About the Author(s)

Syafwan Rozi Email symbol
Department of Sociology Religion, Faculty of Ushuluddin Adab and Dakwa, State Institute for Islamic Studies (IAIN), Bukittinggi, West Sumatra, Indonesia

Abdul R. Ritonga symbol
Department of Islamic Scripture, Faculty of Ushuluddin Adab and Dakwa, State Institute for Islamic Studies (IAIN), Bukittinggi, West Sumatra, Indonesia

Januar Januar symbol
Department of Sociology Religion, Faculty of Ushuluddin Adab and Dakwa, State Institute for Islamic Studies (IAIN), Bukittinggi, West Sumatra, Indonesia


Rozi, S., Ritonga, A.R. & Januar, J., 2021, ‘“Local community-based disaster management” The transformation of religious and local wisdom values in preparation to deal with natural hazards in West Sumatra, Indonesia’, Jàmbá: Journal of Disaster Risk Studies 13(1), a1020. https://doi.org/10.4102/jamba.v13i1.1020

†, 1957–2021.

Original Research

‘Local community-based disaster management’ The transformation of religious and local wisdom values in preparation to deal with natural hazards in West Sumatra, Indonesia

Syafwan Rozi, Abdul R. Ritonga†, Januar Januar

Received: 11 July 2020; Accepted: 11 June 2021; Published: 31 Aug. 2021

Copyright: © 2021. The Author(s). Licensee: AOSIS.
This is an Open Access article distributed under the terms of the Creative Commons Attribution License, which permits unrestricted use, distribution, and reproduction in any medium, provided the original work is properly cited.


Community based disaster management (CBDM) empowers communities to be actively engaged and be pro-active in disaster management. The involvement of the community is one of the keys to success in disaster management, especially considering the values embraced by the community itself such as religious values and local wisdom. This study aimed to create and implement a CBDM model based on religious and local wisdom of Minangkabau people in West Sumatra, Indonesia. By using Research and Development (R&D) design with a generic adaptive model of Creswell from Gall and Borg, the researchers created, implemented and evaluated a CBDM model based on religion and local wisdom of some of the nagari (villages) in West Sumatra that are prone to natural hazards. The findings of the research at the model formulation stage have been conducted, elaborated and developed incorporating the local values such as rituals and ceremonies, together with customary laws that govern behaviour, and strengthen social cohesion in order to be more applicative, practical and effective in disaster management. Furthermore, quantitative tests were conducted so that this model had the value of practicality and effectiveness to be applied to other communities in any disaster area.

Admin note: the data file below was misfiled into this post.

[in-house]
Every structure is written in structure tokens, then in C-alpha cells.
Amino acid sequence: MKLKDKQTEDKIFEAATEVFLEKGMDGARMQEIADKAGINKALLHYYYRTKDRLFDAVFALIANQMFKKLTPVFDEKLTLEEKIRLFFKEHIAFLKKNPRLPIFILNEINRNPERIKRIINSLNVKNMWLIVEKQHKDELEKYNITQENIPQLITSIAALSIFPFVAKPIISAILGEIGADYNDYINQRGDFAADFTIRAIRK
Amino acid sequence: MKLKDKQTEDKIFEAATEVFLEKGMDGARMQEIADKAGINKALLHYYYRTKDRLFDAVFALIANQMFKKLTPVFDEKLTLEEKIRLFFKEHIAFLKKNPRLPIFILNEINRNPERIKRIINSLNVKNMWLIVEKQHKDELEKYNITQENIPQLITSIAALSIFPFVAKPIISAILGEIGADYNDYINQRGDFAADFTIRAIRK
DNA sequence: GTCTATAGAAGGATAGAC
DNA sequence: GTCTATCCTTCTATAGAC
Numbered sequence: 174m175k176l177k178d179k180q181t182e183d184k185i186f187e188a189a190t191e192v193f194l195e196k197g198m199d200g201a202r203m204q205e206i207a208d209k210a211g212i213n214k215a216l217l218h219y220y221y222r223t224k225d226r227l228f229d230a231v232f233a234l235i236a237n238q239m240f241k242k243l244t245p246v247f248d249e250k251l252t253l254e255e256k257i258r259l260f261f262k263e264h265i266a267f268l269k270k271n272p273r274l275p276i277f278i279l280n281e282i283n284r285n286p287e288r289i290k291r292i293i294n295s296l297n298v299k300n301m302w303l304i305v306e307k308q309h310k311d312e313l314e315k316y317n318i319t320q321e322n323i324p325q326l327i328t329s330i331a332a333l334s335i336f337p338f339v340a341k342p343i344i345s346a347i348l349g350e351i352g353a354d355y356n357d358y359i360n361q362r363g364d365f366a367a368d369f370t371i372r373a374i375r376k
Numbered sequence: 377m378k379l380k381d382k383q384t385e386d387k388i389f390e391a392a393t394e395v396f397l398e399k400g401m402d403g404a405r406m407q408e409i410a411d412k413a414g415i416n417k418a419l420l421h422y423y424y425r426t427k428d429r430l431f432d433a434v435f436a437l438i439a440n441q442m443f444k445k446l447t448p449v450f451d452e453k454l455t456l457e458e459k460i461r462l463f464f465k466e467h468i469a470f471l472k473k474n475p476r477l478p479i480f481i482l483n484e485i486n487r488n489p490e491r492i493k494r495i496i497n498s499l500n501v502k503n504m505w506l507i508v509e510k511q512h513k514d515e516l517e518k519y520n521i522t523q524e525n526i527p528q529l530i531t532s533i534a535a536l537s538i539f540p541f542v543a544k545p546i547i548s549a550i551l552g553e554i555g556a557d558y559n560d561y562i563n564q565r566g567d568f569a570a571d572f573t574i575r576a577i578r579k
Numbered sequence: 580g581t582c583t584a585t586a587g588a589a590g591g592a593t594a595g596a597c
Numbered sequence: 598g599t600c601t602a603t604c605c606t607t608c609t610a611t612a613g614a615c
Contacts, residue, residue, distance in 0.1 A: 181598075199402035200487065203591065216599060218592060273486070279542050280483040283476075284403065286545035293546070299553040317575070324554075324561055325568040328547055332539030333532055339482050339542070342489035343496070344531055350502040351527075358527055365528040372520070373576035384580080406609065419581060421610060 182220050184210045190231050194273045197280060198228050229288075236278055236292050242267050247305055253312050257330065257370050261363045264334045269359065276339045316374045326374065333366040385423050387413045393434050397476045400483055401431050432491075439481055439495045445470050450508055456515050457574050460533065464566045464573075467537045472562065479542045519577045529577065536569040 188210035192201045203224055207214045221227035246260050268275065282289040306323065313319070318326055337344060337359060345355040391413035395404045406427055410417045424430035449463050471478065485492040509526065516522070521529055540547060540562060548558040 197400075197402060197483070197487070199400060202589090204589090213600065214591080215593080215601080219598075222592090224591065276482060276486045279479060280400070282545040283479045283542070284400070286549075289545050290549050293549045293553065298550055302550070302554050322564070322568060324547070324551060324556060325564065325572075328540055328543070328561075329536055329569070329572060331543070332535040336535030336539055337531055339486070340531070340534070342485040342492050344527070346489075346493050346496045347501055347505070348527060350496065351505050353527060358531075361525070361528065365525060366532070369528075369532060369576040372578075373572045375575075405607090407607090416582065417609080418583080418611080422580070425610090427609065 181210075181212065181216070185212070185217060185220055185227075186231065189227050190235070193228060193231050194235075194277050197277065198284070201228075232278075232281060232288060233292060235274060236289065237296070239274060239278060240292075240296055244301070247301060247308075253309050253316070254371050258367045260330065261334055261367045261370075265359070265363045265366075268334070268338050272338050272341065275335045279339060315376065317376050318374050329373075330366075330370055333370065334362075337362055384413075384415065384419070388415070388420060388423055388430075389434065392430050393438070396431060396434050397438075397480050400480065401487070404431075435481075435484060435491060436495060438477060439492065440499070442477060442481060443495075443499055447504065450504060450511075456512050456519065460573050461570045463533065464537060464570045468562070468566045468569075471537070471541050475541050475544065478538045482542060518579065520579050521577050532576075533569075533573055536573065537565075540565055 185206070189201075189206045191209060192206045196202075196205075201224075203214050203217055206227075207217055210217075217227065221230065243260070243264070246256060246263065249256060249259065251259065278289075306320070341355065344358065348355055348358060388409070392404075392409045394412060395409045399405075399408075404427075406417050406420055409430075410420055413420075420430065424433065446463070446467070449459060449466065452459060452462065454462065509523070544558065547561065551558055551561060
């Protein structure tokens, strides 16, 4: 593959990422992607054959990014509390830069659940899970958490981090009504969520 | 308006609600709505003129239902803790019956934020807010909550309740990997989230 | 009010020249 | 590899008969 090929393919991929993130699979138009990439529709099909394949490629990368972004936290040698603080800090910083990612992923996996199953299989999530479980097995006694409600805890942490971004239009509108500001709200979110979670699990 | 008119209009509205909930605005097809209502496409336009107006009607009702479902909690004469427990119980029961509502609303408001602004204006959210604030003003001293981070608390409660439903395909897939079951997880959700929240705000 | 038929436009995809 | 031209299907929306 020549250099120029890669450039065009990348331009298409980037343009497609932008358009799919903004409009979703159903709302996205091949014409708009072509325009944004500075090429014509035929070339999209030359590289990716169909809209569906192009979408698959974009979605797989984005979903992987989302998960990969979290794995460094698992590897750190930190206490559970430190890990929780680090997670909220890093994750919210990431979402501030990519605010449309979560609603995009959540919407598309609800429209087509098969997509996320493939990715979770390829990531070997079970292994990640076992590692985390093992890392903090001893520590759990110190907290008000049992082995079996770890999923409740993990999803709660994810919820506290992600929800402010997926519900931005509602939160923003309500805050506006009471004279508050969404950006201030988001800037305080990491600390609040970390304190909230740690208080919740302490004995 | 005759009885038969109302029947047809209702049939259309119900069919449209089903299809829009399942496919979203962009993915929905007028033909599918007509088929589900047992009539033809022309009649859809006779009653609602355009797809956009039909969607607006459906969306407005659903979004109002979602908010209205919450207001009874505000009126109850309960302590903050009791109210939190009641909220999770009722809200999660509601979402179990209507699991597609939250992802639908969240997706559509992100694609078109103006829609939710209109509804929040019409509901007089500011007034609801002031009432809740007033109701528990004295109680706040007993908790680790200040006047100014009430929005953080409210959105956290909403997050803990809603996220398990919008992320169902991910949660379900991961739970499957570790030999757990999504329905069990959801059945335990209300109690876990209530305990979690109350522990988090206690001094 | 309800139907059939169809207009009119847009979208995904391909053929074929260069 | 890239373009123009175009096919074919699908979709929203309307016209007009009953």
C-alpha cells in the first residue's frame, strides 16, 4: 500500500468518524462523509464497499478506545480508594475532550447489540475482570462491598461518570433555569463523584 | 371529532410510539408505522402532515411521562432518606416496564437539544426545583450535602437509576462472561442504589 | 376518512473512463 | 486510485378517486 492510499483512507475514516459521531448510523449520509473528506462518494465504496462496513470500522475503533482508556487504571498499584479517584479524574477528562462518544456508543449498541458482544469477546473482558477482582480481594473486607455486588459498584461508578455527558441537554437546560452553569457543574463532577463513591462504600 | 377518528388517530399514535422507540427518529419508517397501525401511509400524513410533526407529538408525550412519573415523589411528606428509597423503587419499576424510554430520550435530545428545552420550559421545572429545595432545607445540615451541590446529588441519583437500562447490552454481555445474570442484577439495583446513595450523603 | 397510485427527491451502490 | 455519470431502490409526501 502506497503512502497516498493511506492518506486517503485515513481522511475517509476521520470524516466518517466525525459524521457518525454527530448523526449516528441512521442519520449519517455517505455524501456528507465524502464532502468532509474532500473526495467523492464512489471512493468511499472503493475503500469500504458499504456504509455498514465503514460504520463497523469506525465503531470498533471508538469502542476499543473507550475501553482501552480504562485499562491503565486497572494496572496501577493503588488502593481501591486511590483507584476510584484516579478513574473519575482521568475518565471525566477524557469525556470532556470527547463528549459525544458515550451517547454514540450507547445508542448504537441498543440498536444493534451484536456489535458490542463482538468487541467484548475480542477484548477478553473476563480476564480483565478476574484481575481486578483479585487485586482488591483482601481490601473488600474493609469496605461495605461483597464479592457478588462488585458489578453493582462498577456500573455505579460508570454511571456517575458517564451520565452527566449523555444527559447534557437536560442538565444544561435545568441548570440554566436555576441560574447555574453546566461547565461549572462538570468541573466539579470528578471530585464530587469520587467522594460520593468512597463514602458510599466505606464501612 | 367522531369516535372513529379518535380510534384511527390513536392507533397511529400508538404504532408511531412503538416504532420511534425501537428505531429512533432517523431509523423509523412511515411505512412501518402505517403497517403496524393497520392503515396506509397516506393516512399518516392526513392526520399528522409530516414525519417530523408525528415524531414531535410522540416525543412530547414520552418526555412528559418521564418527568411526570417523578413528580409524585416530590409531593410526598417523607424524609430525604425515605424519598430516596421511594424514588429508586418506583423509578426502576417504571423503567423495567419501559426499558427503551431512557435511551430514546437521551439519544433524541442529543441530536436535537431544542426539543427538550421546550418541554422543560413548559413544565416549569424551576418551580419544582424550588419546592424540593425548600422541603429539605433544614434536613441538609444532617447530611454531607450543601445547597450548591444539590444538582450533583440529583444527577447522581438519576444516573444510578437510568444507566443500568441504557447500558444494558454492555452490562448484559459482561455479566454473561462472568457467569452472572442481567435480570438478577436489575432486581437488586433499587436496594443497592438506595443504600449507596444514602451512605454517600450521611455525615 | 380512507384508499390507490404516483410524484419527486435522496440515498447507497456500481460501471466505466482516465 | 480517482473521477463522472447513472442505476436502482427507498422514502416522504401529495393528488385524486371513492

Keywords: community-based disaster management (CBDM); local wisdom; religious; local community; natural disaster; transformation.


West Sumatra is one of the disaster-prone areas in Indonesia. It is because the geographical and geological location of this area is close to the Australian plate; and it has 31 mountains spread across seven districts which at any time can cause earthquakes and other disasters (National Board for Disaster Management Team 2009). From 2005 until 2009, the West Sumatra province encountered many devastating disasters (Zed 2012). In 2005, Padang was struck by a 5.5 Richter Scale-earthquake. Then, on 06 March 2007 a tectonic earthquake measuring 6.3 on the Richter Scale occurred in West Sumatra because of the plate movement of Mount Tandikat which destroyed 45 000 houses and killed 70 people (Ismail 2007). The flash flood (Galodo in Minang Language) in Jorong Sasai Kandang (Saskan) Malalak, Agam Regency, 10 November 2008 added to the varied natural hazards that hit this province (Anonymous 2018). Finally, in November 2009, Padang and Padang Pariaman were hit by a 7.9 on the Richter Scale-earthquake, and were violently destroyed (Zed 2012).

Studies on the dynamics of the natural disaster management in West Sumatra have been widely carried out and documented (Efendi 2007, Danhas 2011, Sunarti 2009, Damsar 2011 and Zed 2012). Especially, Danhas (2011) concluded that the disaster management in this area has not been managed and coordinated well. Even the involvement of the community with its cultural values has not been utilised maximally. This is contrary to the principles adopted by this region through a strong social system and structure, plus the religious system that is held firmly by the people.

The community with its local potential in managing disasters is in a very decisive position in addition to government functions (ADPC 2006). Anthropologically, society is not an independent entity. There are a set of values, morals and institutions that influence individual behaviour in a society. Knowledge and belief in society include a set of concepts, values, category systems, methods and theories that are used selectively in dealing with and interacting with the surrounding environment (Woodhead, Heelas & Martin 2013). Community-based disaster management (CBDM) is a model currently applied to disaster management (Maskrey 2011). The mechanism of CBDM is not only about the application of mitigation actions at the community level, but also about paradigm change of the role of society from the object – the sufferer to the subject who plays a dynamic role (Islam 2013). Consequently, this model seeks to develop and implement strategies that are locally appropriate and being ‘owned’ for disaster management.